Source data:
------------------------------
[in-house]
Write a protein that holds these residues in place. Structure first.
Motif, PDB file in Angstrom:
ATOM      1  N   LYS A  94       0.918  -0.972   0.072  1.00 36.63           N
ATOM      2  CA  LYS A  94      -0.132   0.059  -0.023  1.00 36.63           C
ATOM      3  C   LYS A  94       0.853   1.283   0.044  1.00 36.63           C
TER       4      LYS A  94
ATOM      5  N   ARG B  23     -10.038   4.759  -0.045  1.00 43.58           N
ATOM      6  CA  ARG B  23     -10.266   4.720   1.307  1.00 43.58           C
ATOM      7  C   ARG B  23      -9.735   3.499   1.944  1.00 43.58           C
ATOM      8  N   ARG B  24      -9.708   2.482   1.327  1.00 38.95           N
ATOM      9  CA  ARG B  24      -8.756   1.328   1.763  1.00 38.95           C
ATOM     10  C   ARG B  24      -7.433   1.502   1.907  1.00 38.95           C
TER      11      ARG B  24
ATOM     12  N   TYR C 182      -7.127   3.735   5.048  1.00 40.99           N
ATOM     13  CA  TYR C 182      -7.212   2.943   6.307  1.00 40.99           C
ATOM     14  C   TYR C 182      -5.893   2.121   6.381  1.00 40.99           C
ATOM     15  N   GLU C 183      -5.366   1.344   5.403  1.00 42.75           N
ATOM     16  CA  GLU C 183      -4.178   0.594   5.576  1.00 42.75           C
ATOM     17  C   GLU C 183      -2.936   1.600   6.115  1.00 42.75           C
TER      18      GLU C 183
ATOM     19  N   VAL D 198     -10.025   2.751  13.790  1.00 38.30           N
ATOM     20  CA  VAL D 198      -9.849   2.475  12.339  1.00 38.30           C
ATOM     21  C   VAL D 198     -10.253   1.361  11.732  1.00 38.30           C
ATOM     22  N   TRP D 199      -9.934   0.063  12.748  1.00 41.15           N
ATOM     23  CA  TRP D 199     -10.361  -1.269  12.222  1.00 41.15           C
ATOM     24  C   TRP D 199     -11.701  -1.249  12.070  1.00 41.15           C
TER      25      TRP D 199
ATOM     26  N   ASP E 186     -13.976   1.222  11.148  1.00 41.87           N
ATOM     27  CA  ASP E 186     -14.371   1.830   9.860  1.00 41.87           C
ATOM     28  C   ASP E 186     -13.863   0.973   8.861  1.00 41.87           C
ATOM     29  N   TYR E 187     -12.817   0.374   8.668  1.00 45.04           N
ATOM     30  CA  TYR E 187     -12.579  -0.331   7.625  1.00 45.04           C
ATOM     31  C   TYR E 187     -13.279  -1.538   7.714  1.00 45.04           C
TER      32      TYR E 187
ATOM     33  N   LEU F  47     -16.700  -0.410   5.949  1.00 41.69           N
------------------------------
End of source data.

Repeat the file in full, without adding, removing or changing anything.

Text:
[in-house]
Write a protein that holds these residues in place. Structure first.
Motif, PDB file in Angstrom:
ATOM      1  N   LYS A  94       0.918  -0.972   0.072  1.00 36.63           N
ATOM      2  CA  LYS A  94      -0.132   0.059  -0.023  1.00 36.63           C
ATOM      3  C   LYS A  94       0.853   1.283   0.044  1.00 36.63           C
TER       4      LYS A  94
ATOM      5  N   ARG B  23     -10.038   4.759  -0.045  1.00 43.58           N
ATOM      6  CA  ARG B  23     -10.266   4.720   1.307  1.00 43.58           C
ATOM      7  C   ARG B  23      -9.735   3.499   1.944  1.00 43.58           C
ATOM      8  N   ARG B  24      -9.708   2.482   1.327  1.00 38.95           N
ATOM      9  CA  ARG B  24      -8.756   1.328   1.763  1.00 38.95           C
ATOM     10  C   ARG B  24      -7.433   1.502   1.907  1.00 38.95           C
TER      11      ARG B  24
ATOM     12  N   TYR C 182      -7.127   3.735   5.048  1.00 40.99           N
ATOM     13  CA  TYR C 182      -7.212   2.943   6.307  1.00 40.99           C
ATOM     14  C   TYR C 182      -5.893   2.121   6.381  1.00 40.99           C
ATOM     15  N   GLU C 183      -5.366   1.344   5.403  1.00 42.75           N
ATOM     16  CA  GLU C 183      -4.178   0.594   5.576  1.00 42.75           C
ATOM     17  C   GLU C 183      -2.936   1.600   6.115  1.00 42.75           C
TER      18      GLU C 183
ATOM     19  N   VAL D 198     -10.025   2.751  13.790  1.00 38.30           N
ATOM     20  CA  VAL D 198      -9.849   2.475  12.339  1.00 38.30           C
ATOM     21  C   VAL D 198     -10.253   1.361  11.732  1.00 38.30           C
ATOM     22  N   TRP D 199      -9.934   0.063  12.748  1.00 41.15           N
ATOM     23  CA  TRP D 199     -10.361  -1.269  12.222  1.00 41.15           C
ATOM     24  C   TRP D 199     -11.701  -1.249  12.070  1.00 41.15           C
TER      25      TRP D 199
ATOM     26  N   ASP E 186     -13.976   1.222  11.148  1.00 41.87           N
ATOM     27  CA  ASP E 186     -14.371   1.830   9.860  1.00 41.87           C
ATOM     28  C   ASP E 186     -13.863   0.973   8.861  1.00 41.87           C
ATOM     29  N   TYR E 187     -12.817   0.374   8.668  1.00 45.04           N
ATOM     30  CA  TYR E 187     -12.579  -0.331   7.625  1.00 45.04           C
ATOM     31  C   TYR E 187     -13.279  -1.538   7.714  1.00 45.04           C
TER      32      TYR E 187
ATOM     33  N   LEU F  47     -16.700  -0.410   5.949  1.00 41.69           N